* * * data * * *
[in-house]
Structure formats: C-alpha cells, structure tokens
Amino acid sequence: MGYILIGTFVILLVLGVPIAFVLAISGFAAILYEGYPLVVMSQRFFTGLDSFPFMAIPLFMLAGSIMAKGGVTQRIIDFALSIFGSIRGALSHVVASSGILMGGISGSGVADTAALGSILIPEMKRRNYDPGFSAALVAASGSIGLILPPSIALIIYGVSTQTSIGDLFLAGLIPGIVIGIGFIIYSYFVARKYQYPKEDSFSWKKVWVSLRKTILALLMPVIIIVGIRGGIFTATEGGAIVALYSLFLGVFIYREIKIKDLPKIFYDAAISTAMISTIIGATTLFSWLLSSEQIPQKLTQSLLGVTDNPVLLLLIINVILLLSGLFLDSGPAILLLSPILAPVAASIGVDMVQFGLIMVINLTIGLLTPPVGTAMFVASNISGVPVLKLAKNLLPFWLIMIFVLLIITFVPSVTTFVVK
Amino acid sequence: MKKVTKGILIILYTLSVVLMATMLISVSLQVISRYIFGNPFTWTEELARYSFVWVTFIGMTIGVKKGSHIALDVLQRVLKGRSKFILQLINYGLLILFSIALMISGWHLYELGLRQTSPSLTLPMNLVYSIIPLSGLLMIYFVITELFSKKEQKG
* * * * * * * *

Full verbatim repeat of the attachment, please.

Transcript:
[in-house]
Structure formats: C-alpha cells, structure tokens
Amino acid sequence: MGYILIGTFVILLVLGVPIAFVLAISGFAAILYEGYPLVVMSQRFFTGLDSFPFMAIPLFMLAGSIMAKGGVTQRIIDFALSIFGSIRGALSHVVASSGILMGGISGSGVADTAALGSILIPEMKRRNYDPGFSAALVAASGSIGLILPPSIALIIYGVSTQTSIGDLFLAGLIPGIVIGIGFIIYSYFVARKYQYPKEDSFSWKKVWVSLRKTILALLMPVIIIVGIRGGIFTATEGGAIVALYSLFLGVFIYREIKIKDLPKIFYDAAISTAMISTIIGATTLFSWLLSSEQIPQKLTQSLLGVTDNPVLLLLIINVILLLSGLFLDSGPAILLLSPILAPVAASIGVDMVQFGLIMVINLTIGLLTPPVGTAMFVASNISGVPVLKLAKNLLPFWLIMIFVLLIITFVPSVTTFVVK
Amino acid sequence: MKKVTKGILIILYTLSVVLMATMLISVSLQVISRYIFGNPFTWTEELARYSFVWVTFIGMTIGVKKGSHIALDVLQRVLKGRSKFILQLINYGLLILFSIALMISGWHLYELGLRQTSPSLTLPMNLVYSIIPLSGLLMIYFVITELFSKKEQKG